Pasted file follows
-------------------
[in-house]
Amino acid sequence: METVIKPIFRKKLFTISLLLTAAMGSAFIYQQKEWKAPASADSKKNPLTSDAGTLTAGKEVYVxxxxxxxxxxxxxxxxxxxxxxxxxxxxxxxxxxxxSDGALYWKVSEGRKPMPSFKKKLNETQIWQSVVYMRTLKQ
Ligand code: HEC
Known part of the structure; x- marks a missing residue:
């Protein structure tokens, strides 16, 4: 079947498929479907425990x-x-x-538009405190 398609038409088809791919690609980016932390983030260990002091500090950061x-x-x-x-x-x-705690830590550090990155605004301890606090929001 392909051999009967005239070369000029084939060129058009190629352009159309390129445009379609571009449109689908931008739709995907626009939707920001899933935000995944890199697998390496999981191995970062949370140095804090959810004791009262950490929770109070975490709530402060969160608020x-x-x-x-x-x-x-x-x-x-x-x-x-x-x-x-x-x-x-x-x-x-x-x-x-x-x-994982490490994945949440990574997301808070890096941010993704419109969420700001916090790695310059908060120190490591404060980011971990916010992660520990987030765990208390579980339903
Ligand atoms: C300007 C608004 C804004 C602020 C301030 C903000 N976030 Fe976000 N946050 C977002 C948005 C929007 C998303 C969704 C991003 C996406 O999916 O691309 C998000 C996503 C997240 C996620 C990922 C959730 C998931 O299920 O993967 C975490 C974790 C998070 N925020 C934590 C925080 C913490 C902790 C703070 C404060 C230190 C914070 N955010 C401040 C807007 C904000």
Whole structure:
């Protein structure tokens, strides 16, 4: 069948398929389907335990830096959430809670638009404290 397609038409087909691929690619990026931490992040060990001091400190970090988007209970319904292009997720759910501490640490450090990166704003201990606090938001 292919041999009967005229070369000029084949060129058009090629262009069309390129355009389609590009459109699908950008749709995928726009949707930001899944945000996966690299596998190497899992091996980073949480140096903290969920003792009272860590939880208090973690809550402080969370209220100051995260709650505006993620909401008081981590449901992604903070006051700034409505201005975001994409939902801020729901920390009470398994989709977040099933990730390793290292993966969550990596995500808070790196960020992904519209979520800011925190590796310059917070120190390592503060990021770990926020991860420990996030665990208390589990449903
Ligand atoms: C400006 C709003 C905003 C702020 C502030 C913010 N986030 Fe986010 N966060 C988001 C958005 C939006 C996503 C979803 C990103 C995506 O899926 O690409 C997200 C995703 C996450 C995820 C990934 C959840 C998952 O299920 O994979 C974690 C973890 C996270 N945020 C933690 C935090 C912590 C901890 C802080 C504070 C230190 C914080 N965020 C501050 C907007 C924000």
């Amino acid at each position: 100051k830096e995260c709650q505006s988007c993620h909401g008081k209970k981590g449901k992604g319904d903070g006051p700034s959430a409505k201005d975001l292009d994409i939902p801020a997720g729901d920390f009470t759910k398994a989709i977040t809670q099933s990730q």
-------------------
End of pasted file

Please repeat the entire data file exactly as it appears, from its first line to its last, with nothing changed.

[in-house]
Amino acid sequence: METVIKPIFRKKLFTISLLLTAAMGSAFIYQQKEWKAPASADSKKNPLTSDAGTLTAGKEVYVxxxxxxxxxxxxxxxxxxxxxxxxxxxxxxxxxxxxSDGALYWKVSEGRKPMPSFKKKLNETQIWQSVVYMRTLKQ
Ligand code: HEC
Known part of the structure; x- marks a missing residue:
């Protein structure tokens, strides 16, 4: 079947498929479907425990x-x-x-538009405190 398609038409088809791919690609980016932390983030260990002091500090950061x-x-x-x-x-x-705690830590550090990155605004301890606090929001 392909051999009967005239070369000029084939060129058009190629352009159309390129445009379609571009449109689908931008739709995907626009939707920001899933935000995944890199697998390496999981191995970062949370140095804090959810004791009262950490929770109070975490709530402060969160608020x-x-x-x-x-x-x-x-x-x-x-x-x-x-x-x-x-x-x-x-x-x-x-x-x-x-x-994982490490994945949440990574997301808070890096941010993704419109969420700001916090790695310059908060120190490591404060980011971990916010992660520990987030765990208390579980339903
Ligand atoms: C300007 C608004 C804004 C602020 C301030 C903000 N976030 Fe976000 N946050 C977002 C948005 C929007 C998303 C969704 C991003 C996406 O999916 O691309 C998000 C996503 C997240 C996620 C990922 C959730 C998931 O299920 O993967 C975490 C974790 C998070 N925020 C934590 C925080 C913490 C902790 C703070 C404060 C230190 C914070 N955010 C401040 C807007 C904000």
Whole structure:
């Protein structure tokens, strides 16, 4: 069948398929389907335990830096959430809670638009404290 397609038409087909691929690619990026931490992040060990001091400190970090988007209970319904292009997720759910501490640490450090990166704003201990606090938001 292919041999009967005229070369000029084949060129058009090629262009069309390129355009389609590009459109699908950008749709995928726009949707930001899944945000996966690299596998190497899992091996980073949480140096903290969920003792009272860590939880208090973690809550402080969370209220100051995260709650505006993620909401008081981590449901992604903070006051700034409505201005975001994409939902801020729901920390009470398994989709977040099933990730390793290292993966969550990596995500808070790196960020992904519209979520800011925190590796310059917070120190390592503060990021770990926020991860420990996030665990208390589990449903
Ligand atoms: C400006 C709003 C905003 C702020 C502030 C913010 N986030 Fe986010 N966060 C988001 C958005 C939006 C996503 C979803 C990103 C995506 O899926 O690409 C997200 C995703 C996450 C995820 C990934 C959840 C998952 O299920 O994979 C974690 C973890 C996270 N945020 C933690 C935090 C912590 C901890 C802080 C504070 C230190 C914080 N965020 C501050 C907007 C924000």
């Amino acid at each position: 100051k830096e995260c709650q505006s988007c993620h909401g008081k209970k981590g449901k992604g319904d903070g006051p700034s959430a409505k201005d975001l292009d994409i939902p801020a997720g729901d920390f009470t759910k398994a989709i977040t809670q099933s990730q």